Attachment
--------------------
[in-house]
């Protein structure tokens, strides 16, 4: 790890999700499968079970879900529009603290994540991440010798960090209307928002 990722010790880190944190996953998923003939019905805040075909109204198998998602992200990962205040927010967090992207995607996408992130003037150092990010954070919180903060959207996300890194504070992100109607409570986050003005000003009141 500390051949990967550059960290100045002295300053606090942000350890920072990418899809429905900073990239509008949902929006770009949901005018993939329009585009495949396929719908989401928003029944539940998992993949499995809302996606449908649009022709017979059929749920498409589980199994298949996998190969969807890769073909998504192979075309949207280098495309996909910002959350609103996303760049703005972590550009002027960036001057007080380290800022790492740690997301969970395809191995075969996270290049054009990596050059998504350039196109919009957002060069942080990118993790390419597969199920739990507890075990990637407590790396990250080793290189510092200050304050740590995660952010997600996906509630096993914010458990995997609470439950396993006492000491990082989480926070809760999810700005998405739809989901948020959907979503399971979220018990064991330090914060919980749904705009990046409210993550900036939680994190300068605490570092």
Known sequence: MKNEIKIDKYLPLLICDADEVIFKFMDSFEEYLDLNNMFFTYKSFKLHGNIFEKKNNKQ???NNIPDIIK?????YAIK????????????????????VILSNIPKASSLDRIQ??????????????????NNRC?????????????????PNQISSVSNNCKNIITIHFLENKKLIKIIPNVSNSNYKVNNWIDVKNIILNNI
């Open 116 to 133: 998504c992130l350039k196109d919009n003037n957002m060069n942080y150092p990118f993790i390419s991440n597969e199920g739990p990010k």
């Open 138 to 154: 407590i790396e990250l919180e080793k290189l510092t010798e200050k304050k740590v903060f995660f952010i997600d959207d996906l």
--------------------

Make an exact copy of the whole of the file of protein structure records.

[in-house]
């Protein structure tokens, strides 16, 4: 790890999700499968079970879900529009603290994540991440010798960090209307928002 990722010790880190944190996953998923003939019905805040075909109204198998998602992200990962205040927010967090992207995607996408992130003037150092990010954070919180903060959207996300890194504070992100109607409570986050003005000003009141 500390051949990967550059960290100045002295300053606090942000350890920072990418899809429905900073990239509008949902929006770009949901005018993939329009585009495949396929719908989401928003029944539940998992993949499995809302996606449908649009022709017979059929749920498409589980199994298949996998190969969807890769073909998504192979075309949207280098495309996909910002959350609103996303760049703005972590550009002027960036001057007080380290800022790492740690997301969970395809191995075969996270290049054009990596050059998504350039196109919009957002060069942080990118993790390419597969199920739990507890075990990637407590790396990250080793290189510092200050304050740590995660952010997600996906509630096993914010458990995997609470439950396993006492000491990082989480926070809760999810700005998405739809989901948020959907979503399971979220018990064991330090914060919980749904705009990046409210993550900036939680994190300068605490570092």
Known sequence: MKNEIKIDKYLPLLICDADEVIFKFMDSFEEYLDLNNMFFTYKSFKLHGNIFEKKNNKQ???NNIPDIIK?????YAIK????????????????????VILSNIPKASSLDRIQ??????????????????NNRC?????????????????PNQISSVSNNCKNIITIHFLENKKLIKIIPNVSNSNYKVNNWIDVKNIILNNI
């Open 116 to 133: 998504c992130l350039k196109d919009n003037n957002m060069n942080y150092p990118f993790i390419s991440n597969e199920g739990p990010k």
């Open 138 to 154: 407590i790396e990250l919180e080793k290189l510092t010798e200050k304050k740590v903060f995660f952010i997600d959207d996906l």